Washington.- Senior Trump administration officials “discussed” plans to “increase pressure” over the coming year on Venezuela’s embattled ruler, Nicolás Maduro, with top opposition leaders at the State Department this week, Colombian and Venezuelan opposition officials confirmed to McClatchy and el Nuevo Herald.
The State Department hosted four of Venezuela’s largest opposition parties, starting with one-on-one sessions that began earlier this week before all the parties gathered together on Wednesday.
One source said the administration plans to “pour more coal into the fire” with stronger, more complex sanctions that will further isolate Maduro from an axis of nations supporting him.
Trump’s team is examining ways to leverage the Rio Treaty (TIAR), invoked by hemispheric allies in September, to increase illegal unilateral sanctions.
“The steps that will be taken by the United States during the next year were discussed,” said a high ranking member of Guaidó’s international team, speaking on the condition of anonymity.
“They laid out more sanctions and other types of steps they would take to increase the pressure on the regime, and other plans they are drafting to help Venezuela,” the source said. “They laid out all they are considering, in coordination with other countries, to strengthen the support of the Guaidó’s government.”
Colombia’s ambassador to the United States, Francisco Santos Calderón, confirmed the meetings occurred but declined to discuss what steps are under consideration by the Trump administration.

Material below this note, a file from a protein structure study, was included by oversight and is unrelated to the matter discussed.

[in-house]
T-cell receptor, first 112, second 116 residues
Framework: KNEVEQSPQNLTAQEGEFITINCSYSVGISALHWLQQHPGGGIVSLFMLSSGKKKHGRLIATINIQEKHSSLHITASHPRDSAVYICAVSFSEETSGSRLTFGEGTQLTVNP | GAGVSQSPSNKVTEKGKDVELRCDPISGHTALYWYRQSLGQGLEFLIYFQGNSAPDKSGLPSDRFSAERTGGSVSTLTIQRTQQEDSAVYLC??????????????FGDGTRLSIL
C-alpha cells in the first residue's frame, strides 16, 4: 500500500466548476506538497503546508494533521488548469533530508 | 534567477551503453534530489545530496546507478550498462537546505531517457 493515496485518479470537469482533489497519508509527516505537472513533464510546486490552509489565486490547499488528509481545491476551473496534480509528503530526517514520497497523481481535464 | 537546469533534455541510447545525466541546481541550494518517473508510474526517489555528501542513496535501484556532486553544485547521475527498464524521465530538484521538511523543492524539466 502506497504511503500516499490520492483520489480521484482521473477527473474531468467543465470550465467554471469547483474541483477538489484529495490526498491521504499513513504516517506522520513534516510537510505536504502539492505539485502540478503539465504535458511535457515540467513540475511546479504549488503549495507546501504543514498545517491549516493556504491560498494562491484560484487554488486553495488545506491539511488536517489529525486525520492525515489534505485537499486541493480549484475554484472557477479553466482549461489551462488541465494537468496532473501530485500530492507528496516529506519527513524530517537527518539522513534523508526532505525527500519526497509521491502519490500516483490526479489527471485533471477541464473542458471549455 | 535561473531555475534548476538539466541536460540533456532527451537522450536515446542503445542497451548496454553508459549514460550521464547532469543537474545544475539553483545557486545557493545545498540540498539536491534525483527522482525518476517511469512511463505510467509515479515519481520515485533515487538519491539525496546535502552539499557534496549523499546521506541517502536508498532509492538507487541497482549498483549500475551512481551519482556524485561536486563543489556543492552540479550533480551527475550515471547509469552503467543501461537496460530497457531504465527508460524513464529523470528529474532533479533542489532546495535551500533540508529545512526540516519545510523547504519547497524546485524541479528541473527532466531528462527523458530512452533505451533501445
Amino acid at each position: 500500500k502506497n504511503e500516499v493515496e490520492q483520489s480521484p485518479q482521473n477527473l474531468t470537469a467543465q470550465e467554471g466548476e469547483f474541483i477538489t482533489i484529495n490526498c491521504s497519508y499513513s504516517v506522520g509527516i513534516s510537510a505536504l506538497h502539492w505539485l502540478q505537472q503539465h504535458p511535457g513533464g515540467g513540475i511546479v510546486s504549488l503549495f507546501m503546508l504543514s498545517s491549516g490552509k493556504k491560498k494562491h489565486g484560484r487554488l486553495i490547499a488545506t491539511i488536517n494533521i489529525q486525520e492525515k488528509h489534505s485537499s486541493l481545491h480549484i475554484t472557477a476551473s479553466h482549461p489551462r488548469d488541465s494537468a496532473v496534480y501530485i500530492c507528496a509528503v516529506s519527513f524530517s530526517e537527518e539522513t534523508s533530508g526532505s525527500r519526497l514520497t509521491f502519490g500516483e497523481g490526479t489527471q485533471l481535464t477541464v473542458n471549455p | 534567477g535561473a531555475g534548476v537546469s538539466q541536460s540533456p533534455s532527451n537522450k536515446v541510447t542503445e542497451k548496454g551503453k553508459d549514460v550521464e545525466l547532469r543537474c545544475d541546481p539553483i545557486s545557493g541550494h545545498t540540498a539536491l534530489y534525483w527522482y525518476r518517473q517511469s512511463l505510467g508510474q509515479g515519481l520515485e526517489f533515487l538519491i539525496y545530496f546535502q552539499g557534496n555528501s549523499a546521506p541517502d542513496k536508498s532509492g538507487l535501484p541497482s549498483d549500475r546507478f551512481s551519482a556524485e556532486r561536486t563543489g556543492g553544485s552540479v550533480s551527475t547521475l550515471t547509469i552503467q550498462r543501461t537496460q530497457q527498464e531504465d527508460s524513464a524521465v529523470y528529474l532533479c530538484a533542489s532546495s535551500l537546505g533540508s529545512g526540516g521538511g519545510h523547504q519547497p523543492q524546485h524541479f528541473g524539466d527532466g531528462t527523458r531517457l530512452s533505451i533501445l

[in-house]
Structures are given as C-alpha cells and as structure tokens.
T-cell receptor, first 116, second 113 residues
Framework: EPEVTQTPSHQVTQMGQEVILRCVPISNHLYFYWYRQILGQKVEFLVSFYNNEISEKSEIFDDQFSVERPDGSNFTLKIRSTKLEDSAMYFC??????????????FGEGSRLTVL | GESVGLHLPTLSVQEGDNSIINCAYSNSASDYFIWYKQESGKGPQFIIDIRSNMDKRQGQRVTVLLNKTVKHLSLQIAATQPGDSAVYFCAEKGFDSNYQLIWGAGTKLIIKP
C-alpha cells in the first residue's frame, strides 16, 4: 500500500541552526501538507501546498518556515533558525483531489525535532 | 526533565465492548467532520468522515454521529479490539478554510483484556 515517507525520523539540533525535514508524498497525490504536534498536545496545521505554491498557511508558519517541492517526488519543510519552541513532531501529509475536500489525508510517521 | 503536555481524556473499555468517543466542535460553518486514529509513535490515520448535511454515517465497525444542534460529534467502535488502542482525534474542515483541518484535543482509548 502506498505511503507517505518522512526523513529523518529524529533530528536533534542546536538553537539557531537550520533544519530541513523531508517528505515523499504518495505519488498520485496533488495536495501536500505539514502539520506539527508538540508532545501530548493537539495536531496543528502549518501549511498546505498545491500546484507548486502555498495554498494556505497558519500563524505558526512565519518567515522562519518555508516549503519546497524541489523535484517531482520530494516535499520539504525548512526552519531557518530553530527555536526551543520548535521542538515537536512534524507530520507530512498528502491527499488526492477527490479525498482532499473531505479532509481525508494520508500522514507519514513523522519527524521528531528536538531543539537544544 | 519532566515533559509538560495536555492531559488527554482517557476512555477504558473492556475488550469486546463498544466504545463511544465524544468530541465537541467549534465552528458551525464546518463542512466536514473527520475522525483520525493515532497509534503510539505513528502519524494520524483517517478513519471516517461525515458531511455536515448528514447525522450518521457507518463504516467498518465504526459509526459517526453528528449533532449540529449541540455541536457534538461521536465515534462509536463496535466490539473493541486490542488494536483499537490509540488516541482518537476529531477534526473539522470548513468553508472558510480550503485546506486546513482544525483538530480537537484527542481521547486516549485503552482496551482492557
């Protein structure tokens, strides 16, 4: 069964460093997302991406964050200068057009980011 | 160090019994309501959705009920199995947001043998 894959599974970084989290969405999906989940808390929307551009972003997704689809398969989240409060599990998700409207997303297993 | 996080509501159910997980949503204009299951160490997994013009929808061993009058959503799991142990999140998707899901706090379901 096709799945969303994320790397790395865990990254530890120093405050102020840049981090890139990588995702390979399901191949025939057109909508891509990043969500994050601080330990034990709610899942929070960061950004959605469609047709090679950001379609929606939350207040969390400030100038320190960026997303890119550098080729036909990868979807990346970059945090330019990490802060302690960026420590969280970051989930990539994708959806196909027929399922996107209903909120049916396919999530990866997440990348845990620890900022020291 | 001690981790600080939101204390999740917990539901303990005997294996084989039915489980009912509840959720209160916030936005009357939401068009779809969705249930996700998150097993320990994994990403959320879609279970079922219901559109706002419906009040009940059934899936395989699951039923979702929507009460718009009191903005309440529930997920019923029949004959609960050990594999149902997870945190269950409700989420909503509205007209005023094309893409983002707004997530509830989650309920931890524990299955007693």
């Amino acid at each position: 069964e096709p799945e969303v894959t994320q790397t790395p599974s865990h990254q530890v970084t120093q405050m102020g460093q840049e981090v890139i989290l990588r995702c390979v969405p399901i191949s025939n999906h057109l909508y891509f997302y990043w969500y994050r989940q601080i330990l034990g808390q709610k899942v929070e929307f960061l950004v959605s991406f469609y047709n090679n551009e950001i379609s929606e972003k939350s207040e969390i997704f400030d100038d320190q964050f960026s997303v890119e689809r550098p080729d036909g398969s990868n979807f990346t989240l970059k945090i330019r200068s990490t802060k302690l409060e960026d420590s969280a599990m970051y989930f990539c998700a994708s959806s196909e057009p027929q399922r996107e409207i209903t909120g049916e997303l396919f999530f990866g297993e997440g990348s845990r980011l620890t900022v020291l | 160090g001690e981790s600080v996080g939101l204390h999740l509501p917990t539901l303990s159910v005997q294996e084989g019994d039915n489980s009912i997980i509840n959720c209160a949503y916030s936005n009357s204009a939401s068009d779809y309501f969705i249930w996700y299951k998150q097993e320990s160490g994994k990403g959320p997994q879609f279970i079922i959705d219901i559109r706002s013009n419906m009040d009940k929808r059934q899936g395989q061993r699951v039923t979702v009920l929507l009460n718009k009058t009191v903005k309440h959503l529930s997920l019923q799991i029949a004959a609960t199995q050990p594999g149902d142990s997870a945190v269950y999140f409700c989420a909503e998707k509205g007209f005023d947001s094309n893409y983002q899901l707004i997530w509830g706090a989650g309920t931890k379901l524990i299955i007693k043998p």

“There’s a meeting of all the members of the opposition at the State Department,” said Calderón, hosting a small group of journalists at his residence in Washington on Wednesday. “We are in constant consultation [with U.S. officials] on what’s the next step.”
Calderón said that White House and State Department officials had expressed strong support for the Guaidó government in recent weeks, pushing back against reports of frustration within the Trump administration over Guaidó’s “leadership”.
Colombia’s foreign minister will meet with Secretary of State Mike Pompeo on Thursday to discuss the situation in Venezuela, a crisis that has sent shockwaves throughout the region and led to one of the world’s largest migration.
Pompeo also hosted a meeting last week to “evaluate” the state of the policy, the Colombian ambassador stated, declining to provide details.
A State Department spokesperson for the Western Hemisphere Affairs bureau told McClatchy that U.S. officials “meet regularly with Venezuelans, including Venezuelan diplomats, state and local officials, members of the National Assembly, political activists, and others active in public affairs.”
“We do not discuss the contents of these conversations,” the spokesperson said. “U.S. policy is to support democracy in Venezuela, Interim President Juan Guaidó, and the National Assembly, which is the only democratically elected institution in the country.”
A newly negotiated government funding compromise on Capitol Hill includes nearly a half-billion dollars in humanitarian aid to support Venezuelan refugees, and codifies new U.S. sanctions against the Maduro regime.
Asked whether Guaidó maintained full support from the White House, Calderón stated: “They’re still all-in.”
“Guaidó is still a very integral part of the solution,” Calderón said. “We have absolute confidence in him. The U.S. has absolute confidence in him.” “But change is hard,” he continued. “Look at the conditions of Guaidó. He has no communications. So how do you mobilize?”
Yes, you read it right: NO COMMUNICATIONS, WOW, POOR LITTLE THING!!! (OT comment)
Featured image: Vice President Mike Pence met with Carlos Vecchio, a new Venezuelan envoy in Washington appointed by opposition leader Juan Guaido on Jan. 29. BY AP
Quotations and some editing courtesy of OT/JRE